In accordance with another embodiment, provided is a pumping apparatus comprising: a frame; a piston rod drive assembly mounted to the frame for actuating a piston rod in a riser pipe to pump fluid through the riser pipe; a discharge head mounted at a well head for transferring pumped fluid from the riser pipe; a drive piston apparatus affixed to a distal end of the piston rod, the drive piston apparatus having a housing, a first check valve within said housing, said first check valve comprising a first flow chamber having an inlet and outlet, and a first metal or ceramic sealing plate disposed at the inlet of the first flow chamber and engaging the flow chamber through a first resilient sealing member at an outer wall of the first sealing plate; and a foot valve apparatus mounted in the riser pipe and having a housing, a second check valve comprising a second flow chamber having an inlet and an outlet, and a second metal or ceramic sealing plate disposed at the inlet of the second flow chamber and engaging the second flow chamber through a second resilient sealing member at an outer wall of the second sealing plate.

In accordance with another example provided is a method of pumping fluid from an underground fluid source, the method comprising: mounting a discharge head at a well head; mounting a piston rod drive assembly to the discharge head for actuating a piston rod in a riser pipe extending from the discharge head to the underground fluid source to pump the fluid through the riser pipe; and attaching a drive piston apparatus to a distal end of the piston rod, the drive piston apparatus having a housing, a first check valve within said housing, said first check valve comprising a first flow chamber having an inlet and outlet, and a first metal or ceramic sealing plate disposed at the inlet of the first flow chamber and engaging the flow chamber through a first resilient sealing member at an outer wall of the first sealing plate.

BRIEF DESCRIPTION OF THE DRAWINGS

FIG. 1 illustrates a partial cross-section of an example pumping system including a drive motor and frame;

FIG. 2A illustrates an expanded region of FIG. 1 showing a piston valve seat and foot valve seat in an example configuration and a first position;

FIG. 2B is an illustration like that of FIG. 2A but showing the piston valve seat and foot valve seat in a second position;

FIG. 3 is an illustration of an example drive piston assembly;

FIG. 4A is an illustration of an o-ring check valve seat that may be used in the drive piston assembly of FIG. 3;

FIG. 4B is an illustration of an example of a truncated sealing corner for the valve seat in FIG. 4A;

FIG. 4C is an illustration of another example of a truncated sealing corner for the valve seat in FIG. 4A;

FIG. 5 is an illustration of a vent plate for the drive piston assembly of FIG. 3;

FIG. 6 is an illustration of an example foot valve assembly; and

FIG. 7 is an illustration of an o-ring check valve plate that may be used in the foot valve assembly of FIG. 6.

DETAILED DESCRIPTION OF AN EXAMPLE

FIG. 1 illustrates a pumping system 100 that may be useful in pumping liquid, such as groundwater, hydrocarbons, tar, oil, chemicals or landfill leachate, through a well in a landfill or other geological site, for example, for collection analysis, consumption or disposal of the liquid. The system 100, of the illustrated example, has a drive motor assembly 102 having a piston pump actuator 104 mounted to a frame 106 (illustrated partially uncovered to display the inside) and with two limit switches 107, 108 for detecting a trigger element 109 for controlling operation of the drive motor 102. The drive motor assembly 102 is mounted to a drilled well casing 110 (illustrated partially uncovered to display the inside), via a well head 111, shown at the top surface (G) of a geological site. By way of example not limitation, the casing 110 may be formed of an organic polymer, such as polyvinyl chloride (PVC) or high density polyethylene (HDPE). Depending on the temperatures of the application other materials may be more suitable, such as particularly treated PVCs, like chlorinated polyvinyl chloride (CPVC). Stainless steel, black iron, or fiberglass may be used to form the casing 110, as well. Example drive motor assemblies include the ANCHOR PUMP and TRIDENT PUMP assemblies available from Blackhawk Environmental, of Glenn Ellyn, Ill.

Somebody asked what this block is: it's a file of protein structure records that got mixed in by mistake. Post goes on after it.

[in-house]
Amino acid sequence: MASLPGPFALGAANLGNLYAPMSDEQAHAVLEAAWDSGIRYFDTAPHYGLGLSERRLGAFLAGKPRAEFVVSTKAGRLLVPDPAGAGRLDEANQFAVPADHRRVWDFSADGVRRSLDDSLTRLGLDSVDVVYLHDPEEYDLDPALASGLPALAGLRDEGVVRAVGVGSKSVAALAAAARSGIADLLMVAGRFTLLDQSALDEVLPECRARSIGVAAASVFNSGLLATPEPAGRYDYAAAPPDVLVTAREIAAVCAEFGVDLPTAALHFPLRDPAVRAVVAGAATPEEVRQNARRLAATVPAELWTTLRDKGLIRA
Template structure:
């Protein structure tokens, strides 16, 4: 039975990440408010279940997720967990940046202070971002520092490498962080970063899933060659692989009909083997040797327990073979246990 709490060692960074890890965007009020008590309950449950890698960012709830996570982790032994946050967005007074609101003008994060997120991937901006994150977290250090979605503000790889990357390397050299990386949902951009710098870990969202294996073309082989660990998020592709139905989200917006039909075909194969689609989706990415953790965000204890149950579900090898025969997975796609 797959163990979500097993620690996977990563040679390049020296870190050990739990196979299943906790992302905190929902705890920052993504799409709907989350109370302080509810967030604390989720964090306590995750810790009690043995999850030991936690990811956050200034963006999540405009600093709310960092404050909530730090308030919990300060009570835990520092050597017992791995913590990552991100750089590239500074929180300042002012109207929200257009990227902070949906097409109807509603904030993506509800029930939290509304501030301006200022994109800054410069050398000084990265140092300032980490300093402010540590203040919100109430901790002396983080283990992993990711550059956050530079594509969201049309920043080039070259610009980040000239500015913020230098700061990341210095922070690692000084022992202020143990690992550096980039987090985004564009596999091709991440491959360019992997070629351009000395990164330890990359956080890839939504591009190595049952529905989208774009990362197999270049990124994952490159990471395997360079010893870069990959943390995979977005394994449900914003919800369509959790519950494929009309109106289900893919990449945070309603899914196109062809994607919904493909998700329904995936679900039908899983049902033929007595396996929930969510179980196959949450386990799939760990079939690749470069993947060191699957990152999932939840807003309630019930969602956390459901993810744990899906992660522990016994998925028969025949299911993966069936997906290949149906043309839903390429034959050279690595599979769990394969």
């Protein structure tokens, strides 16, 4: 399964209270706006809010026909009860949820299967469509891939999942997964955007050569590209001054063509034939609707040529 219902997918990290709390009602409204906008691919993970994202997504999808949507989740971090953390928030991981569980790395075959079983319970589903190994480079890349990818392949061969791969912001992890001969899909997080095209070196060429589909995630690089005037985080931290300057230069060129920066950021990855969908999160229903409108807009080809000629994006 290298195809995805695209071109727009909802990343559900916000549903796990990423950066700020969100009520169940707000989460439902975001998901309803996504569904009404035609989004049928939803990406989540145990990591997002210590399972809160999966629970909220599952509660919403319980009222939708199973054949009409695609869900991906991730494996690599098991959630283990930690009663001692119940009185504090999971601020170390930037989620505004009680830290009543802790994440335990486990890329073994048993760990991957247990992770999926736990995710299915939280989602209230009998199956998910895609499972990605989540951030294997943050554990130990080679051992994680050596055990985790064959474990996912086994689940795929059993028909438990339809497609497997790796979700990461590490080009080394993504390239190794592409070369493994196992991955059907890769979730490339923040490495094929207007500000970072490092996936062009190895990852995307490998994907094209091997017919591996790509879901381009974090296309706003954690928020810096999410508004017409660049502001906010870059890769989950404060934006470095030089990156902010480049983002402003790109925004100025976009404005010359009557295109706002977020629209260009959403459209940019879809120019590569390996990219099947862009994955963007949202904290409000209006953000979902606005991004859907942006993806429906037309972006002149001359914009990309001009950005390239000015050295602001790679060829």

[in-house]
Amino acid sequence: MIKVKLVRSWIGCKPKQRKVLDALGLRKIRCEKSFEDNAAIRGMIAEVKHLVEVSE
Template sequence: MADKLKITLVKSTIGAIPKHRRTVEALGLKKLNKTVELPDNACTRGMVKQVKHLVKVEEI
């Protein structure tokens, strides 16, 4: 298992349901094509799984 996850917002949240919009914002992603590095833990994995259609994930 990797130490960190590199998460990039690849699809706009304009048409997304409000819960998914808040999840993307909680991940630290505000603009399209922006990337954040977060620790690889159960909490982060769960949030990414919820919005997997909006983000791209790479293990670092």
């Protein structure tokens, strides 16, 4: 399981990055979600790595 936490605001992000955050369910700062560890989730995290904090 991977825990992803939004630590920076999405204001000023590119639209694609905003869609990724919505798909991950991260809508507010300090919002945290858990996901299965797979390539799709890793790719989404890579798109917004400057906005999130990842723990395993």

The linear drive motor assembly 102 controls the pump actuator 104 for use in fluid pumping. Example actuators include a reciprocating air-driven cylinder, a hydraulically-driven cylinder, a mechanically-driven actuator, and an electrically-driven cylinder. The linear drive motor assembly 102 may have a fixed travel distance with a fixed or adjustable cycle rate, for example. In yet other examples, the drive assembly 102 may have a variably-traveling cylinder and/or a fixed cycle rate or a windmill.

A hollow cylindrical casing or riser pipe 112 for channeling liquid extends into the well casing 110 at the geological site, and includes an upper end 114 and a lower end 115. Although not shown, a hollow casing liner or sleeve may be used to line the casing 110 and improve piston rod movement. The ends of both the well casing 110 and the liner would permit liquid to pass through them during operation of the device. A discharge opening 116 of a discharge tee 117 is disposed near an upper end of the well casing 110 and sealably coupled to the well head 111 for removal of the liquid being pumped. The discharge opening 116 may be connected to a discharge conduit, for example, through which the liquid elevated from the well may be removed for subsequent collection, analysis, consumption, disposal, or the like.